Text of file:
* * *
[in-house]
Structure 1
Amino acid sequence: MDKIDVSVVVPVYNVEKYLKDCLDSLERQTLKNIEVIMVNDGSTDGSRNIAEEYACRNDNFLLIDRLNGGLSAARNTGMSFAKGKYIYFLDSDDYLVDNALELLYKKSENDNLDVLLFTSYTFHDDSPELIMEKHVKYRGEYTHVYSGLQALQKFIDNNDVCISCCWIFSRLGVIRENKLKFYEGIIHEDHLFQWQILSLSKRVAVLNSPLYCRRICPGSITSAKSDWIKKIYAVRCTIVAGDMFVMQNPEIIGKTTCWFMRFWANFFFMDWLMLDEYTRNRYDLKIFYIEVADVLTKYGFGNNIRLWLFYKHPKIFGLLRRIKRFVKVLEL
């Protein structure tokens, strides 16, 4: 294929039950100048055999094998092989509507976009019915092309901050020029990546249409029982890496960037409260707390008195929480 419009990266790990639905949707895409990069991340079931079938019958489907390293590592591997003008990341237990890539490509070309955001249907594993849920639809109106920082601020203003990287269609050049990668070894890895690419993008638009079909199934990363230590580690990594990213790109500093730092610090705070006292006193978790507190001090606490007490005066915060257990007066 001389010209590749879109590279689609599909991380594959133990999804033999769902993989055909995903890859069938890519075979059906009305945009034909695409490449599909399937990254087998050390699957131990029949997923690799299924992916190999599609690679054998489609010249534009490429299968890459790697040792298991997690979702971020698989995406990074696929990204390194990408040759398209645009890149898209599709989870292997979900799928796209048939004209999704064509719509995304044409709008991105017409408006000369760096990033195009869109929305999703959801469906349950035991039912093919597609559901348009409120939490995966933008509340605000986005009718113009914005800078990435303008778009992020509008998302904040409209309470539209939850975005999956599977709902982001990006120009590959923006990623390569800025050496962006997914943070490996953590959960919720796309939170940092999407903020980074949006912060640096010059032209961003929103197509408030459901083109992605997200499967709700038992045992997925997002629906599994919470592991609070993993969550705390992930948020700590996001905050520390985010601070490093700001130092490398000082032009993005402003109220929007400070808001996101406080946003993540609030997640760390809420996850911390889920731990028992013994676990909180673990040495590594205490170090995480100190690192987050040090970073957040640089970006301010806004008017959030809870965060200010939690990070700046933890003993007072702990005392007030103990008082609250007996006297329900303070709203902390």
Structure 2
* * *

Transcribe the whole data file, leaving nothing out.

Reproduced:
[in-house]
Structure 1
Amino acid sequence: MDKIDVSVVVPVYNVEKYLKDCLDSLERQTLKNIEVIMVNDGSTDGSRNIAEEYACRNDNFLLIDRLNGGLSAARNTGMSFAKGKYIYFLDSDDYLVDNALELLYKKSENDNLDVLLFTSYTFHDDSPELIMEKHVKYRGEYTHVYSGLQALQKFIDNNDVCISCCWIFSRLGVIRENKLKFYEGIIHEDHLFQWQILSLSKRVAVLNSPLYCRRICPGSITSAKSDWIKKIYAVRCTIVAGDMFVMQNPEIIGKTTCWFMRFWANFFFMDWLMLDEYTRNRYDLKIFYIEVADVLTKYGFGNNIRLWLFYKHPKIFGLLRRIKRFVKVLEL
């Protein structure tokens, strides 16, 4: 294929039950100048055999094998092989509507976009019915092309901050020029990546249409029982890496960037409260707390008195929480 419009990266790990639905949707895409990069991340079931079938019958489907390293590592591997003008990341237990890539490509070309955001249907594993849920639809109106920082601020203003990287269609050049990668070894890895690419993008638009079909199934990363230590580690990594990213790109500093730092610090705070006292006193978790507190001090606490007490005066915060257990007066 001389010209590749879109590279689609599909991380594959133990999804033999769902993989055909995903890859069938890519075979059906009305945009034909695409490449599909399937990254087998050390699957131990029949997923690799299924992916190999599609690679054998489609010249534009490429299968890459790697040792298991997690979702971020698989995406990074696929990204390194990408040759398209645009890149898209599709989870292997979900799928796209048939004209999704064509719509995304044409709008991105017409408006000369760096990033195009869109929305999703959801469906349950035991039912093919597609559901348009409120939490995966933008509340605000986005009718113009914005800078990435303008778009992020509008998302904040409209309470539209939850975005999956599977709902982001990006120009590959923006990623390569800025050496962006997914943070490996953590959960919720796309939170940092999407903020980074949006912060640096010059032209961003929103197509408030459901083109992605997200499967709700038992045992997925997002629906599994919470592991609070993993969550705390992930948020700590996001905050520390985010601070490093700001130092490398000082032009993005402003109220929007400070808001996101406080946003993540609030997640760390809420996850911390889920731990028992013994676990909180673990040495590594205490170090995480100190690192987050040090970073957040640089970006301010806004008017959030809870965060200010939690990070700046933890003993007072702990005392007030103990008082609250007996006297329900303070709203902390």
Structure 2